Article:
Analysis Request – Juice

All wines start as juice and all juices start as grapes. Through chemical analyses winemakers are provided with a complete picture of their must composition at harvest and ultimately their wine. Various chemical analyses requested at this juice stage allows planning of appropriate winemaking strategies, nutrient additions and intervention if necessary.


Balling, pH and TA are generally the most important chemical parameters tested by winemakers’ pre-fermentation, followed by yeast assimilable nitrogen. As fermentation progresses the sugar content can be measured as the sum of the glucose and fructose. Malic acid also comes into play should the final wine have to go through malolactic fermentation. Turbidity, volatile acidity, and phenolics are also useful tools in managing your fermentation.


The sugar content of the juice, being the sum of glucose +fructose, provides a sound basis for estimating your potential alcohol in the wine. Acid balance, a complex composition of free hydrogen ions, acids, acid salts and cations, is essential in achieving and maintaining a pH favourable to optimum wine balance and microbiological stability. Turbidity and Yeast Assimilable Nitrogen are both indicators of potential stuck fermentations.  Juices that are too clean are likely to be deficient in yeast nutrients.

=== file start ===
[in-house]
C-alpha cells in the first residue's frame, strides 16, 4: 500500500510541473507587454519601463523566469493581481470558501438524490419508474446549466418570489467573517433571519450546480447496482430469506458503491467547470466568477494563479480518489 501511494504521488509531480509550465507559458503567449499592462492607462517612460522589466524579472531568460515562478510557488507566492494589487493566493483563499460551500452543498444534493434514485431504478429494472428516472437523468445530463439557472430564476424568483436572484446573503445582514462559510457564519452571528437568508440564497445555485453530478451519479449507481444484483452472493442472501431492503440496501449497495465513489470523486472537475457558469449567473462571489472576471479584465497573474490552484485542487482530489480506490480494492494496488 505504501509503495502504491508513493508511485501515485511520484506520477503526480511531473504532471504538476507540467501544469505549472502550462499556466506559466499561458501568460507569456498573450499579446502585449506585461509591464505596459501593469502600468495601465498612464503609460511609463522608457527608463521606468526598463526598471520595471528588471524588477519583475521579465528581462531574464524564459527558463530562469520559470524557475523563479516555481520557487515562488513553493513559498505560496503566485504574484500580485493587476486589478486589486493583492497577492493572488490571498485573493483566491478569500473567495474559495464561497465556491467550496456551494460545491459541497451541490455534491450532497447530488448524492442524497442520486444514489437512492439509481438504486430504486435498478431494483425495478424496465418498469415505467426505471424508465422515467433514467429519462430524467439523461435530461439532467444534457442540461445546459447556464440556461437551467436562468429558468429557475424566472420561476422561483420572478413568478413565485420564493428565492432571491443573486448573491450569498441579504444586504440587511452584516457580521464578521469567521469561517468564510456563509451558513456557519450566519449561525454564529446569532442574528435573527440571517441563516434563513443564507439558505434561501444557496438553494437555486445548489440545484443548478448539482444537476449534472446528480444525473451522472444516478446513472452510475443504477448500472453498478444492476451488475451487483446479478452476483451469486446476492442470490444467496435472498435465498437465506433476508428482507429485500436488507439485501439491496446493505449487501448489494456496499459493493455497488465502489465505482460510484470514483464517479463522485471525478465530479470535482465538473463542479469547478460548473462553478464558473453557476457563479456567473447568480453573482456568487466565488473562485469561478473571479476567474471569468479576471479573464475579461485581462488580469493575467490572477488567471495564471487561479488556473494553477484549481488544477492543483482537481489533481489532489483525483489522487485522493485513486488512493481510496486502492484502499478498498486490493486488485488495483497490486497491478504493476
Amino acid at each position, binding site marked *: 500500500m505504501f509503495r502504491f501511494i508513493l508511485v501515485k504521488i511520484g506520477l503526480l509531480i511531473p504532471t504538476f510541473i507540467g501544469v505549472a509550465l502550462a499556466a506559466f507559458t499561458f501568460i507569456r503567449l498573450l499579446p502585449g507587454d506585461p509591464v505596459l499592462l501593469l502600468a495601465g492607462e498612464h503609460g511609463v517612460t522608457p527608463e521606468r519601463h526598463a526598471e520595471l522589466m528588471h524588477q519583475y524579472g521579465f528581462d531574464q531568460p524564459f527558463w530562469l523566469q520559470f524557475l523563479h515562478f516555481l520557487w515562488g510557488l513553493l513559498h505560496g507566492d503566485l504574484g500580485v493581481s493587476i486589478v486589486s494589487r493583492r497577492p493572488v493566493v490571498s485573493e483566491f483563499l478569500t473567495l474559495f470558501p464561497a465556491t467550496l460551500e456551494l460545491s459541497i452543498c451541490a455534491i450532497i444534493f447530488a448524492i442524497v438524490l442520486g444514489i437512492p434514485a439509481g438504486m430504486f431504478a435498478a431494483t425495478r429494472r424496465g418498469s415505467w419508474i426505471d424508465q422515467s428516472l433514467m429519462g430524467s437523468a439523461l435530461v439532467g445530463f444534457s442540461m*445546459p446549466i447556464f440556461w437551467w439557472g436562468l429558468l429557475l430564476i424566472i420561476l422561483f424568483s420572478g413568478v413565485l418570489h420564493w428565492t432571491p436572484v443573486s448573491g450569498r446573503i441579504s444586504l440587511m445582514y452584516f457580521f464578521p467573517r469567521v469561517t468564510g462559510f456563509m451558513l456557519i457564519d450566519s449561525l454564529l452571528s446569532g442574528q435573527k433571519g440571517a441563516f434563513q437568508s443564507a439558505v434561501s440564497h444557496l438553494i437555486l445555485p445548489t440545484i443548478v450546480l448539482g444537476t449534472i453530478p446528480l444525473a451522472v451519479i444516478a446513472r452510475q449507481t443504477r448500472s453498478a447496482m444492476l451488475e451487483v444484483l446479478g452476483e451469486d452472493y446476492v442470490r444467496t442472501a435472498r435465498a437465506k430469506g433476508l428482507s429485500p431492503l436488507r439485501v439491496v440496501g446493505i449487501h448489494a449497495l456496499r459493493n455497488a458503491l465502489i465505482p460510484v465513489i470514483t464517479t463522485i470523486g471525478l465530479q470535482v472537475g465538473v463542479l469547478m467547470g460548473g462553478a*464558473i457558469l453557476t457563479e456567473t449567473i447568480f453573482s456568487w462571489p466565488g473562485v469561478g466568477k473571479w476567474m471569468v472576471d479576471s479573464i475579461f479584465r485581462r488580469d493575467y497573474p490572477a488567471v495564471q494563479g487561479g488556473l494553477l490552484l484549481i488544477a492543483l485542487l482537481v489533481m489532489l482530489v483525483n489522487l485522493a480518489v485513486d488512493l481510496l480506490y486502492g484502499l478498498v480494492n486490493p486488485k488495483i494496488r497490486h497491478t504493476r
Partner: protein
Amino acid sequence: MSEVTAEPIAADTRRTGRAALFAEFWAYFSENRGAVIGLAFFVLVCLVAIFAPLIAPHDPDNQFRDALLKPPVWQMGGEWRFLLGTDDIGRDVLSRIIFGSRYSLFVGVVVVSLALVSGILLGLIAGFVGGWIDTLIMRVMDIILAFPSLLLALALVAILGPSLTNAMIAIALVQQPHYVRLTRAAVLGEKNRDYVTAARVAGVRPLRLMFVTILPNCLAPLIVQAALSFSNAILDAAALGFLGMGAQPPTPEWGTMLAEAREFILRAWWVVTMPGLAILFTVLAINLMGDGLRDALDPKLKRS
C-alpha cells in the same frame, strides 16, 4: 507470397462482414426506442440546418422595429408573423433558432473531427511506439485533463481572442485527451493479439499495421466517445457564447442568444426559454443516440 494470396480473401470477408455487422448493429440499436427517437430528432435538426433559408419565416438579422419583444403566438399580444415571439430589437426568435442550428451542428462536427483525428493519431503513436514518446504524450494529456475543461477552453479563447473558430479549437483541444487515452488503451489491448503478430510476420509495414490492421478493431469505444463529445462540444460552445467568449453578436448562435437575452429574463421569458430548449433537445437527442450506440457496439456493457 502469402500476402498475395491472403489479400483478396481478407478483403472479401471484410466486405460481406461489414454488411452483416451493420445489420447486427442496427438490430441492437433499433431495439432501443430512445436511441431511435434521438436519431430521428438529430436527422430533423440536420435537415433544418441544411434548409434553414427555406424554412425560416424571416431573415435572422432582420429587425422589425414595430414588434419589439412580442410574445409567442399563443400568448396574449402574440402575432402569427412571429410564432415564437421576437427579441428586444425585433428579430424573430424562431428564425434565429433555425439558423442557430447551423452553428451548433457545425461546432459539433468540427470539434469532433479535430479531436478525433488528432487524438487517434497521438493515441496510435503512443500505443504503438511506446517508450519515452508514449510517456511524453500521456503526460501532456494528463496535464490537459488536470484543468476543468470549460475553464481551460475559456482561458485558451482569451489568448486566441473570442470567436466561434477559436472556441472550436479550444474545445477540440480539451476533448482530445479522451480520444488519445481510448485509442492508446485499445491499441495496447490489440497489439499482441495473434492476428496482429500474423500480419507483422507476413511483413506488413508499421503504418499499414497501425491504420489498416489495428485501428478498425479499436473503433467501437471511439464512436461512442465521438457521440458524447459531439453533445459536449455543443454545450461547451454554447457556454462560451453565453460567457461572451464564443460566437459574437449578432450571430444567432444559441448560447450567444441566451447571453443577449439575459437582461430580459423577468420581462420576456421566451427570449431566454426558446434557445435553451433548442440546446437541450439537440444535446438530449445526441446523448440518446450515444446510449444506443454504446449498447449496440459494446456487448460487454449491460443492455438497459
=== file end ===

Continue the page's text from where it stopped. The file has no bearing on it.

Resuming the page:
How often?

Balling and temperature should be monitored daily in the cellar until juices are considered dry. Routine monitoring of pH, TA, YAN and malic acid is recommended to effectively monitor fermentations.


Balling, pH and TA of grapes should be measured before harvesting, as well as, prior to inoculating. Malic acid and YAN levels should also be determined before inoculation.


Everyone involved in these critical first stages of the winemaking process, whether an assistant winemaker, winemaker or cellar master.